Republican officials and strategists dismiss talk that these anecdotes reflect a broader mismanagement of the political process by the NRSC or Republican leadership. Crist, after all, made his own bed by supporting the president's stimulus package. Coats, despite growing unease with his candidacy, stood in solid position to take over Sen. Evan Bayh's soon-to-be vacated seat. Fiorina could end up losing the primary. But the second most likely victor was not the DeMint-backed Chuck Devore (a state assemblyman), but an equally mainstream candidate: former congressman Tom Campbell. And while Bennett's troubles may be hard to spin, it is hard to envision a Democrat taking advantage of the unrest.

If anything, Republicans stood in enviable positions in all of those races, regardless of who ended up being the nominee. And while the primary processes may be cantankerous, such developments are not unique to GOP races.

"All politics is local," said Larry Farnsworth, one-time press secretary to former House Speaker Dennis Haster. "There is angst against Washington, but it's directed toward Washington Democrats which is why Republicans are in such good position to win or keep these seats in November. Local voters will decide who carries our banner forward in November."

"I think it is a fairly typical pre-primary season where the various players sort out their position," said Terry Holt, a partner in the Republican PR firm HDMK. "The party sees a lot of opportunity to grow again and to appeal to both groups who are intense and motivated about participating in the next election and independents who gave the Democrats a chance but immediately regretted it. So I look at the jockeying for position as part of a typical indicator as a season for growth among Republicans."

And yet, political historians have been caught a bit off-guard by the trend. Back in 2006, when Senate Democratic leadership surveyed the political landscape, the party largely put ideological purity tests on the back burner in hopes of stacking the deck with candidates who could help it win back the Senate. Certainly there was no equivalent level of distrust with the major party committees, as is currently seen with Republican members of Congress openly expressing frustration with the way Michael Steele has run the Republican National Committee.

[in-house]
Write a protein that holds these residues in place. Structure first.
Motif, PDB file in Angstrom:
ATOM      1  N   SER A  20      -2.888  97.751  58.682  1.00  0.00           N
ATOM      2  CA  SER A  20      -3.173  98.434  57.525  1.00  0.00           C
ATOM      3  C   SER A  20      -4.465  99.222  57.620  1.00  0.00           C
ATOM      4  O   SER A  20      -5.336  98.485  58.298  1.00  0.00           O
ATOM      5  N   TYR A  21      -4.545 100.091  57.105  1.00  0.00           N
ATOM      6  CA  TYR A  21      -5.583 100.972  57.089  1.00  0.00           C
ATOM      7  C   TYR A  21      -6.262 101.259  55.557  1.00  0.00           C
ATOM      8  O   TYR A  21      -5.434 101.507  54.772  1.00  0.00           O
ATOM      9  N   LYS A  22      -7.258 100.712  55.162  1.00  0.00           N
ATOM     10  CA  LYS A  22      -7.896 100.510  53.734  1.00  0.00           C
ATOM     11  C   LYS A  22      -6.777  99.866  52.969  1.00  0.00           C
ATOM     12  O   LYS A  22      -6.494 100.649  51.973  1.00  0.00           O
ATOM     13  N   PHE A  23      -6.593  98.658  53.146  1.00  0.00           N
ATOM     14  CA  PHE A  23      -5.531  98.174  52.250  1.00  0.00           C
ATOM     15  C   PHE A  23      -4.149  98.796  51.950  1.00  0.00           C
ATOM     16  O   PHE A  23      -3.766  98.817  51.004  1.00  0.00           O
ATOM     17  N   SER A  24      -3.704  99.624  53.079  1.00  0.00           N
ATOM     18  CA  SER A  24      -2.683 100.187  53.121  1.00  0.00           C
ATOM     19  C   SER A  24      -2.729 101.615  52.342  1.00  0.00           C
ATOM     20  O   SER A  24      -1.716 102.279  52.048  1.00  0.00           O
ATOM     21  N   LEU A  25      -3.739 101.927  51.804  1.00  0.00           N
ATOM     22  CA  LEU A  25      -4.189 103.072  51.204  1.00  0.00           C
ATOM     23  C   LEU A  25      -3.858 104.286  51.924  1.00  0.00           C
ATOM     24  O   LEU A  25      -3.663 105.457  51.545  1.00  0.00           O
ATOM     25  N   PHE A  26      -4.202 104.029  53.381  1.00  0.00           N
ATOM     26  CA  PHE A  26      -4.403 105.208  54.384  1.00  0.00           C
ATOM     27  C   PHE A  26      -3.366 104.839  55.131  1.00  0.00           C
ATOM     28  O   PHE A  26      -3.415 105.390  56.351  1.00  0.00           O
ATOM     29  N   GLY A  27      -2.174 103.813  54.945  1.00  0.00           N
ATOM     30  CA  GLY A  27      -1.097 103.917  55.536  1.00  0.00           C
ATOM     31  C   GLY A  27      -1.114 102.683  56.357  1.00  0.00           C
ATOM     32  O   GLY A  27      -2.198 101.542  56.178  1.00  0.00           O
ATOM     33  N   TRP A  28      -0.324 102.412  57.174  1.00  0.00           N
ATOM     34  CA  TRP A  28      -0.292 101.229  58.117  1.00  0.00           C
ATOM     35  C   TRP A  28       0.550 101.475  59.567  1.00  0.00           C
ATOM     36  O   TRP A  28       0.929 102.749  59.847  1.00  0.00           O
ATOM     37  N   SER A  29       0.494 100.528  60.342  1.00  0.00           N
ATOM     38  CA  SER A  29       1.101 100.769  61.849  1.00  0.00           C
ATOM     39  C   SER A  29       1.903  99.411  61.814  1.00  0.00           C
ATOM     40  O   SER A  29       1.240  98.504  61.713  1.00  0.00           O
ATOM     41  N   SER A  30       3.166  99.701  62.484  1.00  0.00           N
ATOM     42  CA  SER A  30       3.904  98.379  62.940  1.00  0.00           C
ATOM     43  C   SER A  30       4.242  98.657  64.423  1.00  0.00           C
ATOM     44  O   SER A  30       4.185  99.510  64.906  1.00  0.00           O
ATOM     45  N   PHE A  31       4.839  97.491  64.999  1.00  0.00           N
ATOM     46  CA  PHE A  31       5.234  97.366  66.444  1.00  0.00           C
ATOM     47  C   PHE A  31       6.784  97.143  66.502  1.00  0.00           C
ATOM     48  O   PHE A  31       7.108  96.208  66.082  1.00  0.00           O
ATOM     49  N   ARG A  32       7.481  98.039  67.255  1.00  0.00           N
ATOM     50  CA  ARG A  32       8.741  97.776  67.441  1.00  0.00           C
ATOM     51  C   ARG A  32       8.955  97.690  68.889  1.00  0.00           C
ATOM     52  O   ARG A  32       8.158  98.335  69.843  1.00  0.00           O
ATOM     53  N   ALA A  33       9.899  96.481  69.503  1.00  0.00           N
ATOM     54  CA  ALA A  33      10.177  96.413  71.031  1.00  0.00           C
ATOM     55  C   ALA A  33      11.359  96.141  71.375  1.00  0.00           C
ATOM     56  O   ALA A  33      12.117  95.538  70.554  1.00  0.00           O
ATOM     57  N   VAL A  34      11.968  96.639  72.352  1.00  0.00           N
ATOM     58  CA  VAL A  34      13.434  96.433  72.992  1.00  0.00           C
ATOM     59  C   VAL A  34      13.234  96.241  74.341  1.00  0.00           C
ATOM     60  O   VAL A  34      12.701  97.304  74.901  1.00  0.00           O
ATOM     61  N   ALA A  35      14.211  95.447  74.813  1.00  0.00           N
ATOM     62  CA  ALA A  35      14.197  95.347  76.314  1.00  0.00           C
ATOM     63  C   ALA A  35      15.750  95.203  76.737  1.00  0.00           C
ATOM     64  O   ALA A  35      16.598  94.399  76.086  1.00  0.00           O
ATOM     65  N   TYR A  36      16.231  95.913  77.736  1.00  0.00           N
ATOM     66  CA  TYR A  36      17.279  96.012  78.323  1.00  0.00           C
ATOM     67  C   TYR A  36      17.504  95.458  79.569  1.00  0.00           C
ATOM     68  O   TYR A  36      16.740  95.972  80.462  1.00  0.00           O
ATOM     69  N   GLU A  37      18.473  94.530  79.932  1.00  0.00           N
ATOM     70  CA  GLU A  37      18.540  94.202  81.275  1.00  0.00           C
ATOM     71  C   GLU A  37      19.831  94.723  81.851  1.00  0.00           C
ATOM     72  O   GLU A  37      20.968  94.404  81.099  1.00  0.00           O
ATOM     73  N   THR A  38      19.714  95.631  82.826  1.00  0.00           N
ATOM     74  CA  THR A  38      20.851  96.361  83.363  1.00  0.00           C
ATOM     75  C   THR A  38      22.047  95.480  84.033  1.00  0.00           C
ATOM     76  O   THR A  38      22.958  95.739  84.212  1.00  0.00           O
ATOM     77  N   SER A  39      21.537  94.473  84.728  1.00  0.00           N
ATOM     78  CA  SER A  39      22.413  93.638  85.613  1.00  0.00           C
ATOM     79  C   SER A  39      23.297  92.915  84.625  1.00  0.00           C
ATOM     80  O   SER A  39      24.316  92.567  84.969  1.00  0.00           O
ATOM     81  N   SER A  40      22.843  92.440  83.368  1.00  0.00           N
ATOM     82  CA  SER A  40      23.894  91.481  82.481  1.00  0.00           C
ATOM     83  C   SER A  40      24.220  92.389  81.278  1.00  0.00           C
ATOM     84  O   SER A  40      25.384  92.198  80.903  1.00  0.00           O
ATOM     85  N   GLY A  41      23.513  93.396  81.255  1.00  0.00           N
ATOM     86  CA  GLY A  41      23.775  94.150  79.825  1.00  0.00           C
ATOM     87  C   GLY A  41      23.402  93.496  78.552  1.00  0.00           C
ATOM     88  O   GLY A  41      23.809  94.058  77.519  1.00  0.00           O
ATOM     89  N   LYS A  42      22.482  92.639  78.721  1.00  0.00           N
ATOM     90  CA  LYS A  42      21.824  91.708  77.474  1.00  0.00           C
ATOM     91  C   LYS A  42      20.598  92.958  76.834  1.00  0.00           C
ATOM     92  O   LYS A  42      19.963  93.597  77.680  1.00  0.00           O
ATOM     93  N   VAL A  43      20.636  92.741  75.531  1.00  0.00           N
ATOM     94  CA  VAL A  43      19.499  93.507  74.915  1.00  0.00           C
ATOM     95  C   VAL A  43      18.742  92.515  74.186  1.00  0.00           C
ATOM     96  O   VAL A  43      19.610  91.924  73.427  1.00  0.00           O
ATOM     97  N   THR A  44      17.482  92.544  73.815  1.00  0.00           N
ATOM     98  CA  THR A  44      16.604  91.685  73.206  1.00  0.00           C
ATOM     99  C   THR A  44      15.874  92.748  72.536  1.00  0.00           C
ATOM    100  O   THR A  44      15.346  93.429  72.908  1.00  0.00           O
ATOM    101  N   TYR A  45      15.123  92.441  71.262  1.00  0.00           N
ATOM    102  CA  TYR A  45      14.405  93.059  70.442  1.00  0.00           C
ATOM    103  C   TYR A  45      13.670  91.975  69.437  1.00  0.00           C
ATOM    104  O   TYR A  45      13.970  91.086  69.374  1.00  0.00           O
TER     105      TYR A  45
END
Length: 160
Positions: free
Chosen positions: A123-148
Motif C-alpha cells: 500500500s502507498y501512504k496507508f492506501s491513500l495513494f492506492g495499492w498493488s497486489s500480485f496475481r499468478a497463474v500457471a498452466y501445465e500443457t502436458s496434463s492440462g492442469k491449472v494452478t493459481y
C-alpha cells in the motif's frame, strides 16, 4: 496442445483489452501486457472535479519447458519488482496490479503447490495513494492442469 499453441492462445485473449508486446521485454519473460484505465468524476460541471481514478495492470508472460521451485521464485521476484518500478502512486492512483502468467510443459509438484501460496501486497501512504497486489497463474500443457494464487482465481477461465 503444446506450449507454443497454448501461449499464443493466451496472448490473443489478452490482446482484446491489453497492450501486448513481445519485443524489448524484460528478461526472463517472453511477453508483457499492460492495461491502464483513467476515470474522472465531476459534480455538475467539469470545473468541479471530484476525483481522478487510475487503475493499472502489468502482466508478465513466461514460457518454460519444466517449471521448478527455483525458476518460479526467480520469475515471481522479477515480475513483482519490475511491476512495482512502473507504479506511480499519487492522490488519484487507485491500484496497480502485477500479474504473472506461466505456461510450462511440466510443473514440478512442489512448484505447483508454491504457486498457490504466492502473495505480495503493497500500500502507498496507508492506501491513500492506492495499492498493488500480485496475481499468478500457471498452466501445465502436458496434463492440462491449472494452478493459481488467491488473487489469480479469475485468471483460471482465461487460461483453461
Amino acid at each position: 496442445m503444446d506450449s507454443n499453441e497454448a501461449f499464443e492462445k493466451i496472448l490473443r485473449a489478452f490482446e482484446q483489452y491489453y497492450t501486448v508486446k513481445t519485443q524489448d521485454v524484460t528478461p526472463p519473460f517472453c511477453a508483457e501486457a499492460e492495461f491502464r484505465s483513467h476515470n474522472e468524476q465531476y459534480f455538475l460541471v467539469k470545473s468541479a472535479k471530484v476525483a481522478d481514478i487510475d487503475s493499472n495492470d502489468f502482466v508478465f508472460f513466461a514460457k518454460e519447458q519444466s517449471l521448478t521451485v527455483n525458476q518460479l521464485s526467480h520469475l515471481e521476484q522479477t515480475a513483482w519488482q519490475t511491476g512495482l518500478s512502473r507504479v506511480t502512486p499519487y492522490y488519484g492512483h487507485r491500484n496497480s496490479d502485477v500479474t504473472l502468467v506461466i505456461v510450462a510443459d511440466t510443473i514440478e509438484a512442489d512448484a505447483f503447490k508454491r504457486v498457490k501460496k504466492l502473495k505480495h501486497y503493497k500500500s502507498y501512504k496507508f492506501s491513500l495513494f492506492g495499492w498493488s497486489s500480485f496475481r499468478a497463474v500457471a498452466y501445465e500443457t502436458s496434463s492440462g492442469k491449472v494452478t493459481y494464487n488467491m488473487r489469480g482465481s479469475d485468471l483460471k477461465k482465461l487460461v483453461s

Four years later, and with the GOP in a similar position to Democrats circa 2006 (having suffered two straight election losses), the main story line, however, is one of internal dissension.

"It goes against the grain of both political parties which usually is to win first, improve your standing and gain control because the opposite side of the case is that when you maintain ideological purity you don't expand your base," said Stephen Wayne, a political science professor at Georgetown University.

"Democratic efforts in 2006 were helped in large part by some national direction among the two campaign committees. But it seems like the direction the Republicans are moving in is a grassroots orientation... They are being led by local leaders rather than national figures. And those local leaders are angry."